I get car sickness when a passenger in our Subaru Forester, never had this problem before. What can be causing this and how can we correct this.
Let you drive.
Is this your first smaller car ?
Just an FYI, I tuned cars for a major manufacturer by riding around in them, feeling how they rode and adjusting various shocks and springs and rubber parts to make them ride better.
Your body has a sensitivity to a vibration that isn’t well controlled. It was well controlled for the person who tuned the car. People have different bodies that react differently to vibration that cars produce. Sometimes that produces motion sickness, especially with respect to the engine mounts. The engine bounces in a frequency range (6-12 bounces per second) that is close to your stomach’s own frequency. If both are the same - barf city!
The solution to your problem is to change that vibration just a little bit so you don’t get motion sickness. Easy to say, tough to do. The vibrations will be different in the different seats in the car. Try riding in one of the back seats to see if goes away. Changing brands of tires might be enough to fix the problem. Try changing the tire pressure upwards first before buying new tires. If 3 psi fixes it, do that from now on. If +6 psi or -6 psi works, consider changing tires. Changing to aftermarket replacement front struts might work as well.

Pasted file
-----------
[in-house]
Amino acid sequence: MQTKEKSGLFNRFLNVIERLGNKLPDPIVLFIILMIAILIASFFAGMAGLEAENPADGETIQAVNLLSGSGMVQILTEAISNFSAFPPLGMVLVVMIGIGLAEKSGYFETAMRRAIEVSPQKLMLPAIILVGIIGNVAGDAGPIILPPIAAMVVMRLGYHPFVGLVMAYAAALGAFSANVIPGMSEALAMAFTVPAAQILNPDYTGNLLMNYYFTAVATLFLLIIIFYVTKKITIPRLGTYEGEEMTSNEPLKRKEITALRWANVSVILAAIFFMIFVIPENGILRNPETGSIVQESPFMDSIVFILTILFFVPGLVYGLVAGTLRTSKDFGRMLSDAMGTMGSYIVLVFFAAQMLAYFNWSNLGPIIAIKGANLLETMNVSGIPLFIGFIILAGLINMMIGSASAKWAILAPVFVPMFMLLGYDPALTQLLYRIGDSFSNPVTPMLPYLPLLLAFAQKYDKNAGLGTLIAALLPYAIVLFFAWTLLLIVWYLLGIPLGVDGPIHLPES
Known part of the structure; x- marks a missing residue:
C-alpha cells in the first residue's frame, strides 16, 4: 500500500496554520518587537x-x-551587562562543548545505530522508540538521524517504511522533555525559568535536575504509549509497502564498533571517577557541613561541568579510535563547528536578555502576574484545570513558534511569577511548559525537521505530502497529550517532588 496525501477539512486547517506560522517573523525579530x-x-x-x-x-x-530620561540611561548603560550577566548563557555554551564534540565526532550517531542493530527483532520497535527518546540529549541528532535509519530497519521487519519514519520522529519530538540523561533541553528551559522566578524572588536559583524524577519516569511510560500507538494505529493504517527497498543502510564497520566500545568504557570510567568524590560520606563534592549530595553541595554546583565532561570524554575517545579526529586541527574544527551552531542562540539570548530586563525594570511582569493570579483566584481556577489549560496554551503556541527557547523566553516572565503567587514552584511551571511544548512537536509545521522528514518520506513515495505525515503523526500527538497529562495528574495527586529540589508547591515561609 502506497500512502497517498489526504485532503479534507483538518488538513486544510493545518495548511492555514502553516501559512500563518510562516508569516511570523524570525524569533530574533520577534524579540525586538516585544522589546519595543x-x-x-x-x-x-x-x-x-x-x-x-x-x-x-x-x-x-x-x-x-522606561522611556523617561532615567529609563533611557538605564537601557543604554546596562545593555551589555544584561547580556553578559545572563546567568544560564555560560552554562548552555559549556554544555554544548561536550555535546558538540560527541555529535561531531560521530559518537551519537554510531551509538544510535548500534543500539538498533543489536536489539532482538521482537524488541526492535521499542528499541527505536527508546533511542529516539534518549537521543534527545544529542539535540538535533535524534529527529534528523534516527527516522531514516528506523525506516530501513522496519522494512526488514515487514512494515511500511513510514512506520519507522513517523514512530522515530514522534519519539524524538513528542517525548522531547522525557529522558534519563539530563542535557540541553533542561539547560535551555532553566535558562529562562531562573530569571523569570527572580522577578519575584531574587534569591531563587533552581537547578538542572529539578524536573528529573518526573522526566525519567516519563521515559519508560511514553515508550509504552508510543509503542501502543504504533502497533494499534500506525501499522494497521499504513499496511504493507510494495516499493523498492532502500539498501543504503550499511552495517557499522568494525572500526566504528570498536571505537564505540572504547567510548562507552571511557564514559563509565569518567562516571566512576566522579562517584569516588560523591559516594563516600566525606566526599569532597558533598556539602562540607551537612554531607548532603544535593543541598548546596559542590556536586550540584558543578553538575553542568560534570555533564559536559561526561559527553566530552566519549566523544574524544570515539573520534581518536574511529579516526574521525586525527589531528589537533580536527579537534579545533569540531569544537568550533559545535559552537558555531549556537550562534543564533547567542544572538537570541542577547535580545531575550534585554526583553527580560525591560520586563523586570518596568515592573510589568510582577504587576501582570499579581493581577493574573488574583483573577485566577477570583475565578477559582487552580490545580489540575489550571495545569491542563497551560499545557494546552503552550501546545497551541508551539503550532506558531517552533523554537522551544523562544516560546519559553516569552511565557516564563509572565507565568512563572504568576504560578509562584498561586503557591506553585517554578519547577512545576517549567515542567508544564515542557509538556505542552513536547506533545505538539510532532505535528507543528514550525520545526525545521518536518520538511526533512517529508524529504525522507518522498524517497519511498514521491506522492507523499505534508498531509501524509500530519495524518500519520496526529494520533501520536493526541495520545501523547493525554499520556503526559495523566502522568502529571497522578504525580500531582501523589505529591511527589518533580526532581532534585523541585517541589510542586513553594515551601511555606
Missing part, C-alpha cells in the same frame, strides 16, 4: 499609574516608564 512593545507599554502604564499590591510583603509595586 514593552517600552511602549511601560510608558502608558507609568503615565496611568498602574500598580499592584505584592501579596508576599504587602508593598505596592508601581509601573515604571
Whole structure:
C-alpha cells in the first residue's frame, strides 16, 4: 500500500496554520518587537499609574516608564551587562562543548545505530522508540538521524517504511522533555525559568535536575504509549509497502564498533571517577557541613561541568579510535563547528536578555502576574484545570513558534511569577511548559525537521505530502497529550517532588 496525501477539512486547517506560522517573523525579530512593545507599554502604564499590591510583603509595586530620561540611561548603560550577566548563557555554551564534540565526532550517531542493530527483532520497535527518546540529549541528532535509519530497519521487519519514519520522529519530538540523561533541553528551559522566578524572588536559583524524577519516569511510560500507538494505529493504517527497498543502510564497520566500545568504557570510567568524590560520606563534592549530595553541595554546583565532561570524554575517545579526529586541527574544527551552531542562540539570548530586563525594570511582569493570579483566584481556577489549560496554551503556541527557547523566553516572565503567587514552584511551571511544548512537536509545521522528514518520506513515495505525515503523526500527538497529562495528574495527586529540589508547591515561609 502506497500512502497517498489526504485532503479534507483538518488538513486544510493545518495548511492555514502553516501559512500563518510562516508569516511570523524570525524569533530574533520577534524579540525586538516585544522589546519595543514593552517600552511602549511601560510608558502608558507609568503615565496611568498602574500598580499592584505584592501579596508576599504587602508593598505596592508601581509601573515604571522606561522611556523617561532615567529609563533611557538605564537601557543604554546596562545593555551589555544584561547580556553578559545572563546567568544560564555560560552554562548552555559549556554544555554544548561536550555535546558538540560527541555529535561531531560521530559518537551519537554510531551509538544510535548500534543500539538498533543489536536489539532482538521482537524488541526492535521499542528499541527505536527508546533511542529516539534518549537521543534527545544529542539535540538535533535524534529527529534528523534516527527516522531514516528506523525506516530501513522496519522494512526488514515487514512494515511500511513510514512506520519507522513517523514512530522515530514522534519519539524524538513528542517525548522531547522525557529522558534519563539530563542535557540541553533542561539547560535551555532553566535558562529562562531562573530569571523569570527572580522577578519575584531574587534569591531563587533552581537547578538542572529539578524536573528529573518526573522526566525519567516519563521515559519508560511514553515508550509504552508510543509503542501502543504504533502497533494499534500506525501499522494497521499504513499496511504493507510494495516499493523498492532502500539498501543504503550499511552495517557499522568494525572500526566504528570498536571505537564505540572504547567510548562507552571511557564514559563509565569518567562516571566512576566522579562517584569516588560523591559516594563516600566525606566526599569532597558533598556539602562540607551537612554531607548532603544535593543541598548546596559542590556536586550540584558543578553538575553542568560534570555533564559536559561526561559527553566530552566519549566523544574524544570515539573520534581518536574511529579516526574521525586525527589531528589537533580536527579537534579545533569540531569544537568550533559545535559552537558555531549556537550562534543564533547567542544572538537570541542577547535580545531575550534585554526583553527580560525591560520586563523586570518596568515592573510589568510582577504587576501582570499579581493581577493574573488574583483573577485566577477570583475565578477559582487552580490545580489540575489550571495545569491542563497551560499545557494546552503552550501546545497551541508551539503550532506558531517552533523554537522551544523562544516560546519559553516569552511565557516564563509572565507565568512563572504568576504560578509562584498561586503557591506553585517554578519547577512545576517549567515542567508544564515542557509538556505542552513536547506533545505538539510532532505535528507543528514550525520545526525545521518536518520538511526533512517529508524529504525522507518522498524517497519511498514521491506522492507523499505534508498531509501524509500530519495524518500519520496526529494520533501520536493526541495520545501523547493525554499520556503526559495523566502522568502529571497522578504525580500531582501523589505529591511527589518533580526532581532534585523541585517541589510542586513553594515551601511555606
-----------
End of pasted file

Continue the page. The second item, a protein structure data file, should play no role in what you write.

If none of these work, you are pretty much out of options, drive, don’t ride or sell the car.
If it’s not something you can live with then you are looking at trading it in. There is not a whole lot you can do other than say replace all the tires or try different shocks. this would require big $$$$$ .
Thank you for your response. Someone mentioned to me that the bigger windshield that also has a slight slant to it also places a person’s eyes closer to the dash board which also makes one seem closer to the road which could give a person a motion sickness feeling, have you heard of this.
Someone is making stuff up . What were your last vehicles ?
My vehicles are purchased 3 weeks ago 2018 Subaru Forester Touring, just traded in a 2009 Nissin Rogue which I had for 8 years and before that I had a Toyota Camry. I traded in the Camrey because I had hip replacement and needed something easier to get into. I never had motion sickness with either of them. The reason I traded in the Rogue was in the past year I put in over $3,000.00 in repairs and was informed that soon I would need another repair costing me over $700.00 so felt it was time. Was looking for a vehicle that comfortable seats, modern features and low mileage and a good price. Test drove several vehicles but at the time the Subaru seemed the best but did not encounter problems till 4 days after purchase. Could not take it back to get my Rogue back because the dealership had already sold it.
No, I have not heard of that one in particular but… If driving the car is OK, the windshield theory would seem to fall by the wayside. Easy to test; ride with your eyes closed and see if you feel motion sickness. If you don’t, it isn’t visual, it is still likely vibration.
A windshield related story, though. A new for 1978 car being designed by a large car company was causing test drivers to vomit after about 20 minutes driving. Seeing as how they had 8 hour shifts to drive, that was a problem. They found the windshield vibrated at the body’s natural frequency causing the drivers to become sick. The glue that attached the windshield was changed to a stiffer mix and that solved the problem.